“The important thing about these waivers is that they would be granted by the American Embassy in Dublin, but the Irish government must formally ask the U.S. Ambassador for them.
“Ministers do not need to go to Washington, D.C. or to New York to do this. The Irish government just needs to go to the U.S. Embassy in Dublin and formally ask for the visa waivers to be granted to eligible Irish citizens.
“I am calling for them to do that as a matter of priority and The Families of the Undocumented Irish in America will continue to put pressure on them until they do.”
Mr. McMahon said the new group would be holding a series of meetings across the island of Ireland in the coming weeks.
An initial meeting was held recently in the Bronx during Mr. McMahon’s U.S. visit, and the formal launch followed in Donegal Town.
He told the Echo that because he had children in the U.S. who are undocumented for almost twenty years, he had long been focused on the immigration issue.
“But since I heard about these waivers I knew that this is something that we, the parents and the brothers and sisters and the friends, can do in Ireland to make the difference and get our families legal.
“I’ve been coming to America to visit my children for the weddings and my grandchildren’s christenings and all the rest for years and years, but it’s about time that this situation changed, and we can do it from Ireland.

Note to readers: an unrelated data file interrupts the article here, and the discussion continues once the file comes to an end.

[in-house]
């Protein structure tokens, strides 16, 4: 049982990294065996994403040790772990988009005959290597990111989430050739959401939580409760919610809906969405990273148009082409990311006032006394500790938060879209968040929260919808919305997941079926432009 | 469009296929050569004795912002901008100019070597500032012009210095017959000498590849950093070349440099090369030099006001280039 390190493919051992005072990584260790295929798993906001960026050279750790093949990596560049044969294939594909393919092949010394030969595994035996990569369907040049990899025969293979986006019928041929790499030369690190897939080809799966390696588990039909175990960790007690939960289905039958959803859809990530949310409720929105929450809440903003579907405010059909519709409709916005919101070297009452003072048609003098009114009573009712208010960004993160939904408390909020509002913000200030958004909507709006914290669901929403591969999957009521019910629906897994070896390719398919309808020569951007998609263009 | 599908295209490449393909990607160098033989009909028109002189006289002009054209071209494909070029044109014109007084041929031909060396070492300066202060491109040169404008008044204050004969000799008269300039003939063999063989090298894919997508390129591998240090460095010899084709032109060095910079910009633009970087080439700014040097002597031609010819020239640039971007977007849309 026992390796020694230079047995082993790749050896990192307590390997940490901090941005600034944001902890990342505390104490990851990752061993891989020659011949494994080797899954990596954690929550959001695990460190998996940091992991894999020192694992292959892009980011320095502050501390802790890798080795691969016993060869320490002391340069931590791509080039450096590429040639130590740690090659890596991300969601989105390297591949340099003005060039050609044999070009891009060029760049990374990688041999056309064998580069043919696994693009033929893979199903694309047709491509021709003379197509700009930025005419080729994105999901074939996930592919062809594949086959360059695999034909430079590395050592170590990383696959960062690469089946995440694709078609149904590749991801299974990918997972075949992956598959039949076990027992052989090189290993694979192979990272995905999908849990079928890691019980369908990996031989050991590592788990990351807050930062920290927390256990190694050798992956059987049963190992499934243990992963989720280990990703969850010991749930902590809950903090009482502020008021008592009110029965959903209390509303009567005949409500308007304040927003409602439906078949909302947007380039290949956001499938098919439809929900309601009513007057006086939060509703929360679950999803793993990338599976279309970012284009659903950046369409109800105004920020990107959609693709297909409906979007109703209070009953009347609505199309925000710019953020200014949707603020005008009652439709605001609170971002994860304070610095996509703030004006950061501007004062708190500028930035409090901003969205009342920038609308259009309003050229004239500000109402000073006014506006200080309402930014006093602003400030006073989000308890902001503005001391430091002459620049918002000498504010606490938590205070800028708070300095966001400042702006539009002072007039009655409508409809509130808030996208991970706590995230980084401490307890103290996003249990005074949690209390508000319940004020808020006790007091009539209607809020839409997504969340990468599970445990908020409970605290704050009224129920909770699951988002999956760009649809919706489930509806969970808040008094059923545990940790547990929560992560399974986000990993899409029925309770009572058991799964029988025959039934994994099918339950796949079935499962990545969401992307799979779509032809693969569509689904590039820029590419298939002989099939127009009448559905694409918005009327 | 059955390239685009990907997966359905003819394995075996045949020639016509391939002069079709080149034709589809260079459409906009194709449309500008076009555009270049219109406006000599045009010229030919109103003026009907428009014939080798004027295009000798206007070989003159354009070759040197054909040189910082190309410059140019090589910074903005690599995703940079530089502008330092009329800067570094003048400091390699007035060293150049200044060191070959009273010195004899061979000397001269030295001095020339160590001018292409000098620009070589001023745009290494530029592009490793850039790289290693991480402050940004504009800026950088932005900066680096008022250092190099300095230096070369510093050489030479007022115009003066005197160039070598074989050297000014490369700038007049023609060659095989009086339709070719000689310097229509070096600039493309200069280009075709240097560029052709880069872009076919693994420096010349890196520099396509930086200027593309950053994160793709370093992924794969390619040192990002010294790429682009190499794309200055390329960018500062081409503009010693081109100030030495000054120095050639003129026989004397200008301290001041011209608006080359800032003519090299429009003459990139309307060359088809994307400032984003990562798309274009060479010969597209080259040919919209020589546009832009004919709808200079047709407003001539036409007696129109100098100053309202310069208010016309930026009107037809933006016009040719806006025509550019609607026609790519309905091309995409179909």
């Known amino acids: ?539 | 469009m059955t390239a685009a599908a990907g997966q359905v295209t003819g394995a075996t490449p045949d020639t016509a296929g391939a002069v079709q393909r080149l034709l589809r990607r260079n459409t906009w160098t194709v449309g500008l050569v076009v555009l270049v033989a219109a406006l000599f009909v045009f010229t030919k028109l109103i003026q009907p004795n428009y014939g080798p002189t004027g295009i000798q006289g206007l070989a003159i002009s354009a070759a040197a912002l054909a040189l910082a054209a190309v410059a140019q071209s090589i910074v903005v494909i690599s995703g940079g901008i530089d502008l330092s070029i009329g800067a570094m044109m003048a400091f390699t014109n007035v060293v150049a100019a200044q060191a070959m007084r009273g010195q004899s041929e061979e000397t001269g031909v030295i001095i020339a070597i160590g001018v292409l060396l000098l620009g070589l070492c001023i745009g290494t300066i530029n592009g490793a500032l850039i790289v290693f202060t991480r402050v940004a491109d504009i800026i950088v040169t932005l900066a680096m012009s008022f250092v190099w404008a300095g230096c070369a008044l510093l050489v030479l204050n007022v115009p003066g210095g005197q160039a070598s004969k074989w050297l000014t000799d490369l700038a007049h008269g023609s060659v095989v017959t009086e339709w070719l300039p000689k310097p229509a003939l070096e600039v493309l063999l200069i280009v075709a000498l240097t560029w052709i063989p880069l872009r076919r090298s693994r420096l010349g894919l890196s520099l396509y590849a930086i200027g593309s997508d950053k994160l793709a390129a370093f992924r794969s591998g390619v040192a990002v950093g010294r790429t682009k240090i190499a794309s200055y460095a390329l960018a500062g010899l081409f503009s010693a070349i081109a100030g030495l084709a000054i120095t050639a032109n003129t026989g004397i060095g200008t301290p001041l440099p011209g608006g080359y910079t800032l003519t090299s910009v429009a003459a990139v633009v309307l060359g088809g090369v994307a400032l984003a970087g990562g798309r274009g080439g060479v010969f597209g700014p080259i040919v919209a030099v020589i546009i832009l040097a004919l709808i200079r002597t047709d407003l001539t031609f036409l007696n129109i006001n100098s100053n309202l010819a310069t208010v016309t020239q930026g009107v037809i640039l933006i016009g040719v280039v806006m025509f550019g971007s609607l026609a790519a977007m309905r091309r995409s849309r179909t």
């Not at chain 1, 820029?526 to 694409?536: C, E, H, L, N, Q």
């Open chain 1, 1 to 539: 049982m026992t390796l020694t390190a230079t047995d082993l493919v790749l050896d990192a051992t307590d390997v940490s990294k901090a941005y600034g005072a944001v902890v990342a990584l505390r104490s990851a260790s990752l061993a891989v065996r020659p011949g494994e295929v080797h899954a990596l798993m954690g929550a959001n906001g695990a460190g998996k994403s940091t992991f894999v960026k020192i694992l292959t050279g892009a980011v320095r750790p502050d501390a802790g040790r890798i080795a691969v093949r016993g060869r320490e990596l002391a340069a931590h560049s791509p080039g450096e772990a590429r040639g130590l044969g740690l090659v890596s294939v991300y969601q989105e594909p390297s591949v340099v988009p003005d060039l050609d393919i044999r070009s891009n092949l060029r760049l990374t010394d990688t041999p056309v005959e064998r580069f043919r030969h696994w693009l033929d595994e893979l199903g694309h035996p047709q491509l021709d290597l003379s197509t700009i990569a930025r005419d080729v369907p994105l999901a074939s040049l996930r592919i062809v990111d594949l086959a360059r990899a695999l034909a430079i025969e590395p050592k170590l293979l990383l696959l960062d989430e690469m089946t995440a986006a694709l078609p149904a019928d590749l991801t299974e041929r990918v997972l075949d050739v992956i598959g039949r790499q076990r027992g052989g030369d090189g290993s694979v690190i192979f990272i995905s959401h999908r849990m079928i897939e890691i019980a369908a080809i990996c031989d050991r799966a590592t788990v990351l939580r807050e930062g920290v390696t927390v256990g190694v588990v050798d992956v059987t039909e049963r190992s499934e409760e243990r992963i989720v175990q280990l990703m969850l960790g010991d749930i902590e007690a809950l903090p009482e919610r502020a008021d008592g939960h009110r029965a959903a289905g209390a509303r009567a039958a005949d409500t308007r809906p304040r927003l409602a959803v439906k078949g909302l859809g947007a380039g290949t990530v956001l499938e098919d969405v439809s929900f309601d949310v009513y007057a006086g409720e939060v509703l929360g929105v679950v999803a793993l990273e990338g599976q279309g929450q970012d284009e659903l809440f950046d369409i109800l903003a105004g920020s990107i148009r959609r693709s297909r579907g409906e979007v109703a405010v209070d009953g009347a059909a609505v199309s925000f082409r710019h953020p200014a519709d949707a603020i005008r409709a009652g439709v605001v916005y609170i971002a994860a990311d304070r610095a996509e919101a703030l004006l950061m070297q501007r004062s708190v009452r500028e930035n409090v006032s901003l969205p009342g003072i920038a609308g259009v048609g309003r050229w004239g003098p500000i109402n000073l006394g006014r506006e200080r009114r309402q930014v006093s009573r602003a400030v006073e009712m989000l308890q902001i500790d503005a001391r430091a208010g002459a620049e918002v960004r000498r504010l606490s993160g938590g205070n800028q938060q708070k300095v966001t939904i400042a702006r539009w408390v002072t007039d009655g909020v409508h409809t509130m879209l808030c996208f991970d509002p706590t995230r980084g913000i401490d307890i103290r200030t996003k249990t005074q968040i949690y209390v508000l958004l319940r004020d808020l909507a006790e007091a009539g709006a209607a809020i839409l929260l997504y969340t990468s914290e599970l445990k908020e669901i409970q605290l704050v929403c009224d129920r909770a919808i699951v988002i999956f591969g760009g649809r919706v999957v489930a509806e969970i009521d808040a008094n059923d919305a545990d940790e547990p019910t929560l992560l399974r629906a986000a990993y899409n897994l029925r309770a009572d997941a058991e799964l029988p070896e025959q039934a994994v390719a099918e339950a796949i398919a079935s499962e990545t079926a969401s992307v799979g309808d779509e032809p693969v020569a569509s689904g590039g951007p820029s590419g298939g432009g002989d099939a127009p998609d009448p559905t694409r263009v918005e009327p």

“Our children and families might be out of sight but they’re never out of our minds. We the families and friends will be the voice and the vote in Ireland for the Irish undocumented in America.”
McMahon said he wanted to encourage people interested in joining the new campaign, or lending it a hand, to get in contact by email at email@example.com, or on Twitter @IRLUndocumented.”
After balcony collapse, tributes,
prayers, law changes, fundraising
A moment of joy for Niccolai Schuster as he met his hero, Bastian Schweinsteiger. The newly signed Manchester United midfielder has paid his own tribute to the young Dubliner by posing for a new photo while holding this one.
By Ray O’Hanlon
Sadly, it is often the case that something has to go terribly wrong before it is made right.
Such has been the case with the Berkeley balcony collapse, a tragedy that was certainly preventable, but one which may well end up ensuring that no such tragedy occurs again, at least in Berkeley itself.
Just over a month since the death of six students and the serious injury of seven others, family and friends gathered in the California city beside San Francisco Bay to remember the dead, pray for the recovery of the injured, and express hope that the loss of lives and dreams were not entirely in vain.
The tributes even extended to the current U.S. tour by Manchester United, who paid their own tribute earlier this week before their game against the San Jose Earthquakes.